Newsreal: Bigger than the pope

A British investigative reporter who has written about the International Olympic Committee shows how the head of the IOC tries to prove, as he once said, that the IOC is more powerful than the Catholic Church.

By Andrew Jennings
Published February 20, 1998 1:00AM (UTC)
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NAGANO, Japan -- Olympics boss Juan Antonio Samaranch, who announced two years ago that he and his wealthy organization were "more important than the Catholic church," appears to be proving his point at the Nagano Games.

Samaranch, who circles the globe incessantly in his search for rich corporate sponsors, has probably accumulated more frequent-flier miles than Capt. James T. Kirk. A devout Catholic, he nevertheless makes it a point, when he's on the road, of not traveling the extra mile to church. Instead he summons a local priest to his hotel suite.


Even Japan, a mostly Shinto Buddhist nation (with a congregation of only half a million Catholics), was expected to tend to Samaranch's special needs.

A couple of weeks before the games started, Olympic organizers placed a call to St Joseph's church in the Nishitsuruga-Cho district of Nagano. Would they provide a priest at 9 a.m. sharp at Samaranch's Kokusai Hotel for each of the three Sundays of the Olympics?

"I told them no, I cannot go," the Rev. Otaro Hamada told me. "Here in Nagano prefecture we are one priest short and on Sundays I have to travel to three churches in the region. How can I have time to go to Samaranch's hotel?"


Hamada further explained his predicament. "If a parishioner is sick, I will try and go to him. If he is dying, I will certainly go and hear his confession and give him final communion."

That was apparently not good enough for the Olympics' organizers. "They told me that in Tokyo a priest had been to his room," said Hamada. "I guess they was saying that if it was possible in Tokyo, it should also be in Nagano."

In other countries, Roman Catholic worthies have jumped at the chance to minister to Samaranch's soul in the comfort of his hotel room. Why not Japan? Hamada, 36, slim and boyish in casual cords, explained that a decade ago the Japanese church resolved to be "on the side of the minorities, the oppressed and the poor."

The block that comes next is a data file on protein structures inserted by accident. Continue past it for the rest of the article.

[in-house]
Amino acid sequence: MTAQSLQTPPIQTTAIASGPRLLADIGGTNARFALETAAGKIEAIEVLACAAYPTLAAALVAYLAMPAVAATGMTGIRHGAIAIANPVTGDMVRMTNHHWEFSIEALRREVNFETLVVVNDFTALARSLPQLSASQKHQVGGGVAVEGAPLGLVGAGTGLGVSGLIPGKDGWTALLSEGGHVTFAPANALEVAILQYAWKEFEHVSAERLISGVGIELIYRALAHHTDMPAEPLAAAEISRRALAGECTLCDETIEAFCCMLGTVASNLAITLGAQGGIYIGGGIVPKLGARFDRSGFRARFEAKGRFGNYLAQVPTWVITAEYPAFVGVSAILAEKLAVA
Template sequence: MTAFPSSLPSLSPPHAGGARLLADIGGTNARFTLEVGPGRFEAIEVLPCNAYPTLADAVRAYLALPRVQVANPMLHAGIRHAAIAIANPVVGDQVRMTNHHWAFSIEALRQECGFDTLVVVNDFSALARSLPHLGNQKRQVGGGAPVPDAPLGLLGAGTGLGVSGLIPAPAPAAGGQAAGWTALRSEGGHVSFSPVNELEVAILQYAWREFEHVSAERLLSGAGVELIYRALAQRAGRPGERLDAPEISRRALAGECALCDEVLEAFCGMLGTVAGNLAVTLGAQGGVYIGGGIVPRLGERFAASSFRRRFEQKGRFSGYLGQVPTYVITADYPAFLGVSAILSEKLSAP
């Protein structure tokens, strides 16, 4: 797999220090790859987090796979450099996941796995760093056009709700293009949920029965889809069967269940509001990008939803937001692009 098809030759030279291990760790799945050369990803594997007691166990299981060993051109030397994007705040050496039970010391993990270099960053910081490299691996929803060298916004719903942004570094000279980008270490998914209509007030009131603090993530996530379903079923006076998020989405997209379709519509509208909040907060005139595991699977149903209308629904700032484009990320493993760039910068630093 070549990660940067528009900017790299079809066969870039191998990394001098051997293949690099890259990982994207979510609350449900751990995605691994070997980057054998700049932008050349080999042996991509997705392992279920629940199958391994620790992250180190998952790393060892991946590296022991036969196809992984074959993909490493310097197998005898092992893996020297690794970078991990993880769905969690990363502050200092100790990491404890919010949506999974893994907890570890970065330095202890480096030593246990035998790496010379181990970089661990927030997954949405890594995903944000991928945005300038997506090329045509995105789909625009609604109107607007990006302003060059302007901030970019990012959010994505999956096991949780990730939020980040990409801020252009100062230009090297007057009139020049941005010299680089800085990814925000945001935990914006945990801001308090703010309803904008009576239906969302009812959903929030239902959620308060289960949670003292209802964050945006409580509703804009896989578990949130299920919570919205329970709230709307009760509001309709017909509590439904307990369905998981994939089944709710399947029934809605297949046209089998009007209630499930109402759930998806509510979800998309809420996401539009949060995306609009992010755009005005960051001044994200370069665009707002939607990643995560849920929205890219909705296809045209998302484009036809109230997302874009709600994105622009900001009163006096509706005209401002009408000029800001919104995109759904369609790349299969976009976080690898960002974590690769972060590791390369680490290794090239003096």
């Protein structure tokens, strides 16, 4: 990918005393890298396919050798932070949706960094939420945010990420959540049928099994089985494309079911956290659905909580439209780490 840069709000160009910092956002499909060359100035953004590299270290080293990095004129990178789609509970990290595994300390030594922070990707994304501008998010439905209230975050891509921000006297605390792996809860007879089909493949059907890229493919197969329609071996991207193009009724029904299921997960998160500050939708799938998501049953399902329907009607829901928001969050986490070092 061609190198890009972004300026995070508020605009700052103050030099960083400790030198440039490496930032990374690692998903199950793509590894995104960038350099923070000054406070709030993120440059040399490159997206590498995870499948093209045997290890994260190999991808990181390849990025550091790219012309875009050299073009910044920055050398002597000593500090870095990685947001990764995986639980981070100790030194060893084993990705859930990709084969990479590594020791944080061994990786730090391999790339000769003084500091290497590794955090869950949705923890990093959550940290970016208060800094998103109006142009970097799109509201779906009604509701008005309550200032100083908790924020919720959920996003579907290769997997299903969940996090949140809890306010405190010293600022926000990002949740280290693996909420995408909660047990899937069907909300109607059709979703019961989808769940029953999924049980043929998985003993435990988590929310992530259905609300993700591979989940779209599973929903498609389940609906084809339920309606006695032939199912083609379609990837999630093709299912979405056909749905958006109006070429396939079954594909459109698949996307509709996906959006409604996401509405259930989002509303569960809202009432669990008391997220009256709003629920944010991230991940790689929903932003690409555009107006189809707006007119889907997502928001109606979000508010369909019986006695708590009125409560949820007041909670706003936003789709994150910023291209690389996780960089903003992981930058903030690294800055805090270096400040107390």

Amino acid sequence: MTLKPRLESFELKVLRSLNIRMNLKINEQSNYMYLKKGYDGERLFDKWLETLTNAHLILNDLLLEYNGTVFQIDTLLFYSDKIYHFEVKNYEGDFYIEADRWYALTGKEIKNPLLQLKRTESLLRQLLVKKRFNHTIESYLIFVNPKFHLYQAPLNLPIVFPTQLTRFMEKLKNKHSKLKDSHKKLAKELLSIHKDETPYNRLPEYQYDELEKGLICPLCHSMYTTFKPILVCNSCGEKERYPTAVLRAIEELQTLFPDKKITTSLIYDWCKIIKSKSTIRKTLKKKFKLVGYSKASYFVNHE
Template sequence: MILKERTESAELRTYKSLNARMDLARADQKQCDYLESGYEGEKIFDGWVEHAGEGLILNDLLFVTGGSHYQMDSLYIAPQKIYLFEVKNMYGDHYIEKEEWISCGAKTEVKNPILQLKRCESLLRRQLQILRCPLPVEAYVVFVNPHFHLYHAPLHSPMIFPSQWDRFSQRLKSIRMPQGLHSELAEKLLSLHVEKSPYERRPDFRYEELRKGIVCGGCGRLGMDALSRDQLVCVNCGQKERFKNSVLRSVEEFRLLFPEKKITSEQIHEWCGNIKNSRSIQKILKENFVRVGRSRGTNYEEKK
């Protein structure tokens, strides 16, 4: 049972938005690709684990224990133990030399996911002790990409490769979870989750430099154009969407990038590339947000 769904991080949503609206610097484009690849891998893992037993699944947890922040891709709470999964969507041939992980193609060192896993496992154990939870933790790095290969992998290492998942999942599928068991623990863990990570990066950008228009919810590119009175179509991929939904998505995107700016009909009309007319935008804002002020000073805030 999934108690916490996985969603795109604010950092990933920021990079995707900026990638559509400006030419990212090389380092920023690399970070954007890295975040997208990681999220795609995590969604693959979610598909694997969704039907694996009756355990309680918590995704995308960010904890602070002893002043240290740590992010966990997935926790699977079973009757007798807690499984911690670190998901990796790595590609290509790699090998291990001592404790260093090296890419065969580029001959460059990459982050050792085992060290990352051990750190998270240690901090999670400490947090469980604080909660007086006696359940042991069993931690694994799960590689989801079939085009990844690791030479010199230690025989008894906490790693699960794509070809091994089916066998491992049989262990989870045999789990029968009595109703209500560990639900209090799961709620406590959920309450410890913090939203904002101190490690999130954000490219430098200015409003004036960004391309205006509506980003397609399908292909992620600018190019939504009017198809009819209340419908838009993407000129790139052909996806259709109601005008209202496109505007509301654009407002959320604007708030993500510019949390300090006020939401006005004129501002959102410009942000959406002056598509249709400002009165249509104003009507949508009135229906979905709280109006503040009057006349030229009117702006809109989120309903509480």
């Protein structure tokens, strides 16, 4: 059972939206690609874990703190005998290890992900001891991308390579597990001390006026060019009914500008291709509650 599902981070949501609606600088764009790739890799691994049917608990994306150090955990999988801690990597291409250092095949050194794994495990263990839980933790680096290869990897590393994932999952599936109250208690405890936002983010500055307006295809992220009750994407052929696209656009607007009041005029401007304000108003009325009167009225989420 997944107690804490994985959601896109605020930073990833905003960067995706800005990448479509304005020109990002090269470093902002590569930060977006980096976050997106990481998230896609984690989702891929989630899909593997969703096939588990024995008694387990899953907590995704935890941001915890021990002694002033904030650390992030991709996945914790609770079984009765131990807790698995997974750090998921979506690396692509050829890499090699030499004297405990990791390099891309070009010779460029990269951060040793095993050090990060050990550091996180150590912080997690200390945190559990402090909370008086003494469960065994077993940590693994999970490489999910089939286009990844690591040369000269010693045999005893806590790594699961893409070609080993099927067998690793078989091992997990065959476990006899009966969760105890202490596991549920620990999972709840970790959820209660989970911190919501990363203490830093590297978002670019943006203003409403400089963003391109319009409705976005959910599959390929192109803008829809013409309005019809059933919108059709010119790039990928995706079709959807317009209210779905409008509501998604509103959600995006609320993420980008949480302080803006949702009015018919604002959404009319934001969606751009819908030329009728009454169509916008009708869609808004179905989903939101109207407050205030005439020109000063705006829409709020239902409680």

Hamada has found plenty of work recently. Illegal migrant workers, principally from the Catholic Philippines, had come to Nagano to help construct the Olympic facilities. Now that the work is done, they fear deportation. One group lives two hours by train from Nagano and he travels to see them every Sunday.

"They were cheap labor," said Hamada, who says one of his favorite books is George Orwell's Spanish Civil War epic, "Homage to Catalonia." Samaranch is a Catalan who fought for Franco in the Spanish Civil War and governed the Catalonia district after World War II in brutal fashion. But politics played no role in Hamada's turning down of the IOC summons.


"I cannot ignore my parishioners and the Filipinos for Samaranch, but I invited him to come to our church," he said.

The distance from Samaranch's hotel to St Joseph's church is about a mile. But rather than make the brief journey in his limousine, Samaranch summoned two different priests from Tokyo, more than 700 miles away, to minister to him on his Sundays in the Japanese alps.

One private confession and mass was conducted by the Rev. Isidro Ribas, from a Jesuit university in Tokyo. I asked him why Samaranch preferred not to share a service with the migrant workers who built the ice rinks and the ski slopes.


"He's very busy," explained Ribas.

The suggestion that the Jesuit order was treating Samaranch more deferentially than other Catholics in Japan was dismissed by Ribas as "a misunderstanding." He then disclosed that he had been a school chum of Samaranch's in the 1930s in Barcelona, when the future Olympic president was active in the fascist youth Falange movement.

Two years ago, on the eve of the Atlanta Olympics, Samaranch claimed in an HBO documentary that his International Olympic Committee is "more important than the Catholic Church."


After negative commentary in the U.S. press, Samaranch paid a hasty visit to the Catholic bishop's palace in Atlanta and after making private penance, was reported to have dealt the bishop two scarce tickets for the Opening Ceremonies.

Andrew Jennings

Andrew Jennings is a British journalist and the author of "The New Lords of the Rings: Olympic Corruption and How to Buy Gold Medals."

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